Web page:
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Dodo
The dodo (Raphus cucullatus) is an extinct flightless bird that was endemic to the island of Mauritius, east of Madagascar
Madagascar
in the Indian Ocean. The dodo's closest genetic relative was the also extinct Rodrigues
Rodrigues
solitaire, the two forming the subfamily Raphinae
Raphinae
of the family of pigeons and doves. The closest living relative of the dodo is the Nicobar pigeon. A white dodo was once thought to have existed on the nearby island of Réunion, but this is now thought to have been confusion based on the Réunion
Réunion
ibis and paintings of white dodos. Subfossil
Subfossil
remains show the dodo was about 1 metre (3 ft 3 in) tall and may have weighed 10.6–17.5 kg (23–39 lb) in the wild. The dodo's appearance in life is evidenced only by drawings, paintings, and written accounts from the 17th century
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Monograph
A monograph is a specialist work of writing (in contrast to reference works)[1] on a single subject or an aspect of a subject, usually by a single author. In library cataloging, monograph has a broader meaning, that of a nonserial publication complete in one volume (book) or a finite number of volumes. Thus it differs from a serial publication such as a magazine, journal, or newspaper.[2] In this context only, books such as novels are monographs.Contents1 In academia 2 In art 3 In biology 4 In United States Food and Drug Administration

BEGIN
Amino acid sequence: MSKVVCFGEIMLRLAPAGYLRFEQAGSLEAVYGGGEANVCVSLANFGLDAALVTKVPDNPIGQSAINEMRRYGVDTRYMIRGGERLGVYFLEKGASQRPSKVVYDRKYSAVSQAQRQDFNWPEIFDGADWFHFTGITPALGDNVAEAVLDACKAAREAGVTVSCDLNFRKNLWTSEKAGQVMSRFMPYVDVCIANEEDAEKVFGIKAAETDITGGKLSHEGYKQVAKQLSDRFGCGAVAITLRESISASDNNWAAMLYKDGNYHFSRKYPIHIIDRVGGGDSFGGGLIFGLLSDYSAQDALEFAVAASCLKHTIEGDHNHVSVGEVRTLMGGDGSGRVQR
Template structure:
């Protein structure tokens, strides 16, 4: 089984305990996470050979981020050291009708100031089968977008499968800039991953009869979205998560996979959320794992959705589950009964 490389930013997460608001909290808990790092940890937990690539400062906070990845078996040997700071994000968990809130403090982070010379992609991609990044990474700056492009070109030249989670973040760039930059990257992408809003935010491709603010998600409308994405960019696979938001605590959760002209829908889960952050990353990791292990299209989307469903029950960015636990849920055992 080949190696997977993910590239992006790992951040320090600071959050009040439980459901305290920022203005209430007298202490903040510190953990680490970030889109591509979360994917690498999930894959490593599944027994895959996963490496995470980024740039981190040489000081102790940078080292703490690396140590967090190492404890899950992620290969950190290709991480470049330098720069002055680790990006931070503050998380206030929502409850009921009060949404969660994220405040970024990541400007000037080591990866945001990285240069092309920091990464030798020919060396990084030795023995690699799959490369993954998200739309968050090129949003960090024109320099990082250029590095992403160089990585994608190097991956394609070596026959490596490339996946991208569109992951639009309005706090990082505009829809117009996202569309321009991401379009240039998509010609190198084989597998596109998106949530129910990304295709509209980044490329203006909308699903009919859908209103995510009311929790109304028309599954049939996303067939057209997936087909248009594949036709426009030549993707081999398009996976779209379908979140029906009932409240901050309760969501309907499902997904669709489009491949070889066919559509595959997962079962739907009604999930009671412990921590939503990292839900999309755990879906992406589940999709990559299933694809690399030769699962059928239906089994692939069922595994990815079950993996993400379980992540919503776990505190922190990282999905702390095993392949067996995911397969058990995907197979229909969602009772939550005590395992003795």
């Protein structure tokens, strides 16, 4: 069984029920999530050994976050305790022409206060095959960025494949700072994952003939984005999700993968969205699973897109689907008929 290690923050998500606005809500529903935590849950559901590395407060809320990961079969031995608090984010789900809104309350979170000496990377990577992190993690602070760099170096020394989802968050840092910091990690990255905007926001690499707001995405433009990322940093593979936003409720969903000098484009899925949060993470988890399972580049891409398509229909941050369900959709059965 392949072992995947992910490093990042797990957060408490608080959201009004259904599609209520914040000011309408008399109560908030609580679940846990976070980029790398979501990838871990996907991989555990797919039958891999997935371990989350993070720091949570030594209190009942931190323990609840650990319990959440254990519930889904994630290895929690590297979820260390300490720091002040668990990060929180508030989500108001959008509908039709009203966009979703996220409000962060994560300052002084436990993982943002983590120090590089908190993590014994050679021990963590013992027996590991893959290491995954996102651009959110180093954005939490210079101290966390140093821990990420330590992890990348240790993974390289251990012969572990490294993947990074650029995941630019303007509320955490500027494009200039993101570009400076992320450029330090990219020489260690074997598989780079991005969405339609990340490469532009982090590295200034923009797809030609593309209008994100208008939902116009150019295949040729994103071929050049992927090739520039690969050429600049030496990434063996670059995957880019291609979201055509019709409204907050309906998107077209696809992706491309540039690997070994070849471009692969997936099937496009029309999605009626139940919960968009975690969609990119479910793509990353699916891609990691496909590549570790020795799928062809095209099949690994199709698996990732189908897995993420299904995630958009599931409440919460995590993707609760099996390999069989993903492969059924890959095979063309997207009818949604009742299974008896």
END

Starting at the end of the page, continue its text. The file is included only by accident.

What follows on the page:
Food and Drug Administration
regulation 5 See also 6 ReferencesIn academia[edit] See also: Monographic series The term "monographia" is derived from the Greek "mono" (single) and grapho (to write), meaning "writing on a single subject". Unlike a textbook, which surveys the state of knowledge in a field, the main purpose of a monograph is to present primary research and original scholarship
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Digestion
Digestion
Digestion
is the breakdown of large insoluble food molecules into small water-soluble food molecules so that they can be absorbed into the watery blood plasma. In certain organisms, these smaller substances are absorbed through the small intestine into the blood stream. Digestion
Digestion
is a form of catabolism that is often divided into two processes based on how food is broken down: mechanical and chemical digestion. The term mechanical digestion refers to the physical breakdown of large pieces of food into smaller pieces which can subsequently be accessed by digestive enzymes
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Plumage
Plumage
Plumage
(Latin: plūma "feather") refers both to the layer of feathers that cover a bird and the pattern, colour, and arrangement of those feathers. The pattern and colours of plumage differ between species and subspecies, and may vary with age classes. Within species there can be different colour morphs. The placement of feathers on a bird are not haphazard, but rather emerge in organized, overlapping rows and groups, and these feather tracts are known by standardized names.[1][2] Most birds moult, usually before and after breeding, resulting in a breeding or nuptial plumage and a basic plumage. Many ducks and some other species such as the red junglefowl have males wearing a bright nuptial plumage while breeding and a drab eclipse plumage for some months afterwards. The painted bunting's juveniles have two inserted moults in their first autumn, each yielding plumage like an adult females